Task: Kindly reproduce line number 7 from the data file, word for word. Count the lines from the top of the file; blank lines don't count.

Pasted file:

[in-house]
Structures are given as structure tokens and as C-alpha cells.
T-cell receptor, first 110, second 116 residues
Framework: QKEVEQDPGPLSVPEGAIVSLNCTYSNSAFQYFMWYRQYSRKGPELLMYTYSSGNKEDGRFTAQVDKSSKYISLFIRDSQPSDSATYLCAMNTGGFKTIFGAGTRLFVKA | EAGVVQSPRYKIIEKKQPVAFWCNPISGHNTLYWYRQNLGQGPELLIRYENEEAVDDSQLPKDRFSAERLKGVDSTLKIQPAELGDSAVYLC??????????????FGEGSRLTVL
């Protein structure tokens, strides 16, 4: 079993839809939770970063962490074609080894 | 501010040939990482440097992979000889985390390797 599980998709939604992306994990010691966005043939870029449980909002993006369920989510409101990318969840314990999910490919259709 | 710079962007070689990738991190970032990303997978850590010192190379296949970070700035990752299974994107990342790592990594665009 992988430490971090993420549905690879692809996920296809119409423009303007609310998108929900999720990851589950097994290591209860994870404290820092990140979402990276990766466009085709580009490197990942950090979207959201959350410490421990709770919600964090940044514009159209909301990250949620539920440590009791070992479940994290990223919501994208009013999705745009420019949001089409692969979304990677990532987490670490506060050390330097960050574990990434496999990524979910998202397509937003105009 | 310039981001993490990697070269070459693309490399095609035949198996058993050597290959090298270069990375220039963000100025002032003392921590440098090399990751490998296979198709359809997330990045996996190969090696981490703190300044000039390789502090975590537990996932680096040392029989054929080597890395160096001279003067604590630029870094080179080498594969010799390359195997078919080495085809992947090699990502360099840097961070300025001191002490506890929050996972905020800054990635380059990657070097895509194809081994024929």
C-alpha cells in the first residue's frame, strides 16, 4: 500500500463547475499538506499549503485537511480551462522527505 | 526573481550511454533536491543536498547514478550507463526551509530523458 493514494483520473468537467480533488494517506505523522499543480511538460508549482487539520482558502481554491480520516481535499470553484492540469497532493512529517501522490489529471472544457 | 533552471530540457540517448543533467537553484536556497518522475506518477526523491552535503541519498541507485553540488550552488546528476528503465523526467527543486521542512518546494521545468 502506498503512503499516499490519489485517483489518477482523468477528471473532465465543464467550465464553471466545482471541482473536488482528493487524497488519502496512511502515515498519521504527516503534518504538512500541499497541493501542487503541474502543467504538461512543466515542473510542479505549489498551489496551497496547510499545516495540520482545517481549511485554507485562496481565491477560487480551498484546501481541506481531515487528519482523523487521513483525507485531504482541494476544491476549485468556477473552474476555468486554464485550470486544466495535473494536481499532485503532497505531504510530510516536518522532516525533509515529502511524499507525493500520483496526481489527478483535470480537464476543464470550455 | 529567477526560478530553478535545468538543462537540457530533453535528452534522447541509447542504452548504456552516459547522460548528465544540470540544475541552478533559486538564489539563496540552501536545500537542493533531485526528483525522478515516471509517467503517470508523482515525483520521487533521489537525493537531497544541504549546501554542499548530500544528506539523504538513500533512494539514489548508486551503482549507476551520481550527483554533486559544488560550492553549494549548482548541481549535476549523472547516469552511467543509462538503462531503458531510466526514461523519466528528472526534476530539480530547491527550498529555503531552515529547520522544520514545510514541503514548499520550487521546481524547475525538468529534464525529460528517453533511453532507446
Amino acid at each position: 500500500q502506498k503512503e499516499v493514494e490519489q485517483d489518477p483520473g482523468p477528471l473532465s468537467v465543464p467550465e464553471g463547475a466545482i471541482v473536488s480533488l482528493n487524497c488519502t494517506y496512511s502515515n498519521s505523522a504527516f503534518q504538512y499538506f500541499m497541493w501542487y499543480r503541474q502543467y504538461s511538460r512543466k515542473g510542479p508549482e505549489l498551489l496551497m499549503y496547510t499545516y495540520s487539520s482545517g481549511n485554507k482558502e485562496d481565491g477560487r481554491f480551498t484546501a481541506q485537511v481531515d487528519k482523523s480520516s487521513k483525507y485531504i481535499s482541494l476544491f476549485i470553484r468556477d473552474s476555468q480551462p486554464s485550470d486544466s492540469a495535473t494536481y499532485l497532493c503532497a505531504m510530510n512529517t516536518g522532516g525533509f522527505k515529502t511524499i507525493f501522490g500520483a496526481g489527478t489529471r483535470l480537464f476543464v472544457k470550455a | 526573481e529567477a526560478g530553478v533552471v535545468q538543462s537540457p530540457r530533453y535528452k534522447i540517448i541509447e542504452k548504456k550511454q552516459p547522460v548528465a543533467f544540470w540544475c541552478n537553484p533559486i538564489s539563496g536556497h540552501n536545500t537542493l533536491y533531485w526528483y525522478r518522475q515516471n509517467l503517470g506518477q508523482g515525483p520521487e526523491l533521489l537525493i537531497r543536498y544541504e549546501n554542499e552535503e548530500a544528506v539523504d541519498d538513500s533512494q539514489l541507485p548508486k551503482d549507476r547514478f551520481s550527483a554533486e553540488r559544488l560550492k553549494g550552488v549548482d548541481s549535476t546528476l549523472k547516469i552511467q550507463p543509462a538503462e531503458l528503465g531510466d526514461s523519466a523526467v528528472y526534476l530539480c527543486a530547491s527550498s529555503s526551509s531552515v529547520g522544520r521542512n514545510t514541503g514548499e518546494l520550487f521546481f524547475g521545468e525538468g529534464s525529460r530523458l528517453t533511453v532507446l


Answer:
Amino acid at each position: 500500500q502506498k503512503e499516499v493514494e490519489q485517483d489518477p483520473g482523468p477528471l473532465s468537467v465543464p467550465e464553471g463547475a466545482i471541482v473536488s480533488l482528493n487524497c488519502t494517506y496512511s502515515n498519521s505523522a504527516f503534518q504538512y499538506f500541499m497541493w501542487y499543480r503541474q502543467y504538461s511538460r512543466k515542473g510542479p508549482e505549489l498551489l496551497m499549503y496547510t499545516y495540520s487539520s482545517g481549511n485554507k482558502e485562496d481565491g477560487r481554491f480551498t484546501a481541506q485537511v481531515d487528519k482523523s480520516s487521513k483525507y485531504i481535499s482541494l476544491f476549485i470553484r468556477d473552474s476555468q480551462p486554464s485550470d486544466s492540469a495535473t494536481y499532485l497532493c503532497a505531504m510530510n512529517t516536518g522532516g525533509f522527505k515529502t511524499i507525493f501522490g500520483a496526481g489527478t489529471r483535470l480537464f476543464v472544457k470550455a | 526573481e529567477a526560478g530553478v533552471v535545468q538543462s537540457p530540457r530533453y535528452k534522447i540517448i541509447e542504452k548504456k550511454q552516459p547522460v548528465a543533467f544540470w540544475c541552478n537553484p533559486i538564489s539563496g536556497h540552501n536545500t537542493l533536491y533531485w526528483y525522478r518522475q515516471n509517467l503517470g506518477q508523482g515525483p520521487e526523491l533521489l537525493i537531497r543536498y544541504e549546501n554542499e552535503e548530500a544528506v539523504d541519498d538513500s533512494q539514489l541507485p548508486k551503482d549507476r547514478f551520481s550527483a554533486e553540488r559544488l560550492k553549494g550552488v549548482d548541481s549535476t546528476l549523472k547516469i552511467q550507463p543509462a538503462e531503458l528503465g531510466d526514461s523519466a523526467v528528472y526534476l530539480c527543486a530547491s527550498s529555503s526551509s531552515v529547520g522544520r521542512n514545510t514541503g514548499e518546494l520550487f521546481f524547475g521545468e525538468g529534464s525529460r530523458l528517453t533511453v532507446l